Jared Kushner's Harvard Classmates Are Brutally Trashing Him In Their 15th Anniversary Book

ByMonica Busch
Alex Wong/Getty Images News/Getty Images

A portion of Harvard's class of 2003 are taking a creative approach to opposing a Trump-affiliated fellow classmate's political decisions. At their 15-year reunion, which takes place later this week, a group of Jared Kushner's fellow Harvard alumni are penning notes directed at the president's son-in-law, and there's a common theme: Shame on Kushner.

The Boston Globe reports that the effort was spearheaded in a private "Shame on you, Jared Kushner" Facebook group, which encouraged fellow alumni to seize upon the opportunity to express their disdain for Kushner's participation in the Trump administration. The notes were published as part of a regular Harvard tradition, printed in what is generally referred to as the Harvard Red Book, which alumni receive every five years.

"Mostly, I feel low-grade, constant horror as I watch attacks on refugees, minorities, my most at-risk patients, women’s rights, and the environment, and new threats of nuclear war," wrote one former classmate, according to The Globe, which reportedly obtained a copy of the book. "Shame on you, Jared Kushner."

Some alumni, such as Ben Wikler, the Washington director of MoveOn.org, shared excerpts from the Red Book on social media.

"I, for one, am actually glad that our Class of '03 finally has a real, live fascist among us. Who says Harvard isn't diverse!" wrote one alumnus in a snapshot shared by Wikler. The alumnus continued to attack Kushner personally and politically:

I've always wanted to meet someone who is as unfamiliar with the principles of democratic self-government or the history of twentieth-century ideologies that resulted in mass slaughter as he is with how to grow a beard. Poor dude — probably wishes he could just walk around New York again without anyone calling him a traitor or a collaborator.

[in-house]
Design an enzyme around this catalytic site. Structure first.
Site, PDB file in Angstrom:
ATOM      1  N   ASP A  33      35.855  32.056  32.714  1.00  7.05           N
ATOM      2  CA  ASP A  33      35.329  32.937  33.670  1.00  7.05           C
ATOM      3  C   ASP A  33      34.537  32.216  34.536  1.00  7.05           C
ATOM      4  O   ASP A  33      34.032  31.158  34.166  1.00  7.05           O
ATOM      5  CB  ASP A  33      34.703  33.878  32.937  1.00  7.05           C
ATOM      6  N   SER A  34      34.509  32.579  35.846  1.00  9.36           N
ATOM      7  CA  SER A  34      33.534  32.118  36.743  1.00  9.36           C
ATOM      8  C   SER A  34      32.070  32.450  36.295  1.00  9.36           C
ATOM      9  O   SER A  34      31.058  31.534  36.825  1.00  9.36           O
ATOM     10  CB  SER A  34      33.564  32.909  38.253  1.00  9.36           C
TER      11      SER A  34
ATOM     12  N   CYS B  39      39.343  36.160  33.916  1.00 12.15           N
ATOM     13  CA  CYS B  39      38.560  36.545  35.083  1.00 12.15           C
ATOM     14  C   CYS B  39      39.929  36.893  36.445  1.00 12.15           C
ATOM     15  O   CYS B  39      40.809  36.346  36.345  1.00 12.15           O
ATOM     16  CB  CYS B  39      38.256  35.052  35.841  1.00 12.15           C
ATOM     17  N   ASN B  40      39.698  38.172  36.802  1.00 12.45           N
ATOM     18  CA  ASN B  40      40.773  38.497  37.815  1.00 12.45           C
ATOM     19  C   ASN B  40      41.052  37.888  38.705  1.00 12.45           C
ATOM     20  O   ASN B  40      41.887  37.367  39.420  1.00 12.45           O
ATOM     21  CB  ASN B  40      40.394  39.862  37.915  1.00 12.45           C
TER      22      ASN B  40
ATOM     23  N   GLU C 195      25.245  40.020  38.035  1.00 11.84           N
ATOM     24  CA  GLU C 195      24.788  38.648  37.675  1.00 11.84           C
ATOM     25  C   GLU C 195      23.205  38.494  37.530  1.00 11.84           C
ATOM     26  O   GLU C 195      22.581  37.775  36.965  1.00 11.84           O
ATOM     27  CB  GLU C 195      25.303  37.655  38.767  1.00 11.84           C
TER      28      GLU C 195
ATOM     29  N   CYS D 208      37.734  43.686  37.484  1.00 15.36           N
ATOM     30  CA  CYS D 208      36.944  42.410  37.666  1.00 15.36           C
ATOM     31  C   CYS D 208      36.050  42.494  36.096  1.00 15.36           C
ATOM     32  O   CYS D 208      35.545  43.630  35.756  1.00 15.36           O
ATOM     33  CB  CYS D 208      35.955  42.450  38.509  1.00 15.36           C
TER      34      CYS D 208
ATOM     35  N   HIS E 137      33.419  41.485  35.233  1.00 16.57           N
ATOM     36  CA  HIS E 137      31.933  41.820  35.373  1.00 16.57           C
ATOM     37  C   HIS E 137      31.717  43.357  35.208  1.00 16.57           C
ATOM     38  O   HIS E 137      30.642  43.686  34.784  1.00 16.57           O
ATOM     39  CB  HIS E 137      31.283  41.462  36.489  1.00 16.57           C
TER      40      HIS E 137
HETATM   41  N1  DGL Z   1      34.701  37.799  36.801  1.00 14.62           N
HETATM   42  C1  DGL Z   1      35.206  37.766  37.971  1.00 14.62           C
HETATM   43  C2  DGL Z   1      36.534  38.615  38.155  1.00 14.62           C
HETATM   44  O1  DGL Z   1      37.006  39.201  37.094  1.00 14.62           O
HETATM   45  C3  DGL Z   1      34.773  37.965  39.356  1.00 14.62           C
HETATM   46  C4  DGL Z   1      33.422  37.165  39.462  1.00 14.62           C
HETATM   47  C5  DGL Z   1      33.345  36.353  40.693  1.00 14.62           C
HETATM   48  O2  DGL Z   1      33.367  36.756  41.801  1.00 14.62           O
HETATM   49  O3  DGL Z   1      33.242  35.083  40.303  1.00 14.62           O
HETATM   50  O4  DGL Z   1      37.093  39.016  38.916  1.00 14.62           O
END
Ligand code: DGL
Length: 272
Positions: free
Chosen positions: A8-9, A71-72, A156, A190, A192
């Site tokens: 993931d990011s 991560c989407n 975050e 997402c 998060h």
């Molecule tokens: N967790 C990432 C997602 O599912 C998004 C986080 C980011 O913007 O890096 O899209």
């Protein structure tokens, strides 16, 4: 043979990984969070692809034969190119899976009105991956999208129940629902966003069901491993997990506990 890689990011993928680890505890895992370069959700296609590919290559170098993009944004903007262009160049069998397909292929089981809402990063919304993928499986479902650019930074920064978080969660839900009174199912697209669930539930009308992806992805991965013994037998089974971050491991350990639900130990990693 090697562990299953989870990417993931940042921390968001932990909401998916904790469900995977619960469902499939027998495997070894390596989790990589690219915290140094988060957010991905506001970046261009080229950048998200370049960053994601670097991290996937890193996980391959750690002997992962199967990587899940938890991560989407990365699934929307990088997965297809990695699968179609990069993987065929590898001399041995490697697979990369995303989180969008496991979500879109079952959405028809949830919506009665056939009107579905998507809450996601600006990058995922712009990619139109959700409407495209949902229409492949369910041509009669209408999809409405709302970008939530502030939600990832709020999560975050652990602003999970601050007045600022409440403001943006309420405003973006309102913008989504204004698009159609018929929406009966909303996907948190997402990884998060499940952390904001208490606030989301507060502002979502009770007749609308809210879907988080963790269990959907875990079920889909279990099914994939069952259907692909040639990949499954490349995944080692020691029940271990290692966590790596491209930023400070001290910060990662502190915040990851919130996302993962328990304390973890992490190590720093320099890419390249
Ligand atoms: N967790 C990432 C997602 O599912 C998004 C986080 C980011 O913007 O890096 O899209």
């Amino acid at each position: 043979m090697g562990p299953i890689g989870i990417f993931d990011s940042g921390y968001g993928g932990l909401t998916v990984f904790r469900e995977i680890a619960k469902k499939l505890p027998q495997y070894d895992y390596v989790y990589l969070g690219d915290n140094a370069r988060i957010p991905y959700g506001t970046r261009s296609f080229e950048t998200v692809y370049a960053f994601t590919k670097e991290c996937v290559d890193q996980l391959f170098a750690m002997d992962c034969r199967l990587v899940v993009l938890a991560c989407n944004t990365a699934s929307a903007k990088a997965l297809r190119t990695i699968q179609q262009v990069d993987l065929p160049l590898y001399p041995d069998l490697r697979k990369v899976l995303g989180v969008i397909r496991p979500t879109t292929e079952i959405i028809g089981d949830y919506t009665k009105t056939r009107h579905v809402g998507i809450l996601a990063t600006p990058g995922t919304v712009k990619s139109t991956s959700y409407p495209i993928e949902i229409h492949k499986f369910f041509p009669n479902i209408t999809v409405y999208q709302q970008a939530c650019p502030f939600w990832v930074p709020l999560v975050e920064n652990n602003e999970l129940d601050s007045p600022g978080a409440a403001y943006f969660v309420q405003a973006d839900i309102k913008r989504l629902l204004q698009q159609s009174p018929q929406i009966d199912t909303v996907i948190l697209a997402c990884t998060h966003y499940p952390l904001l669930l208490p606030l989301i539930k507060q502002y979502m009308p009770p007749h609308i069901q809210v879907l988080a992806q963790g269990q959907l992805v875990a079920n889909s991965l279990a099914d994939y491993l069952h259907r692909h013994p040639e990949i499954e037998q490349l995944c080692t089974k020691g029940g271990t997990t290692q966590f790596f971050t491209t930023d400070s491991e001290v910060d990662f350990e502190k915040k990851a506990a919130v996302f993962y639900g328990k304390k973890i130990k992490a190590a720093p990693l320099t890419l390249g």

Other notes directed at Kushner were just as biting. One classmate, per another image shared by Wikler, opted to reflect on all that she hadn't accomplished since leaving Harvard in 2003.

"I think what I’m most proud of, however, is what I’ve managed to avoid during the past five years," wrote Angelina Fryer, who was identified by The Globe. She explained:

I haven’t been accused of making false statements on or material omissions from security clearance disclosure forms. I haven’t been accused of colluding with representatives of a foreign government to affect the outcome of an elections. I haven’t been accused of using my government position to sell visas to foreign investors in my family’s businesses. I haven’t been sued for mistreating tenants of violating rental laws. I think we can all be better than that.

Kushner is not reportedly expected to attend this week's festivities, which take place on Thursday. His absence, however, didn't stop a group of fellow alumni from taking a stand against what critics believe to be his inappropriate and harmful actions taken while in his role as an adviser to President Trump. Some told The Globe that, if nothing else, Kushner and his affiliates should understand that there will at least be social consequences for his and their choices.

"This is a free country and there are going to be consequences for the way they’ve behaved during this time. Social consequences, if nothing else in this immediate period," Jon Sherman told The Globe. "They can’t just return to their old life and walk around and go to restaurants in New York and DC and not get constant backlash."

Generally, the alumni notes feature benign life updates, including things like professional milestones or child births. While some of this year's entries for the class of 2003 did personally attack Kushner, the majority of them were reportedly in-line with previous iterations. Whether Kushner has received a copy of this year's Red Book is currently unknown.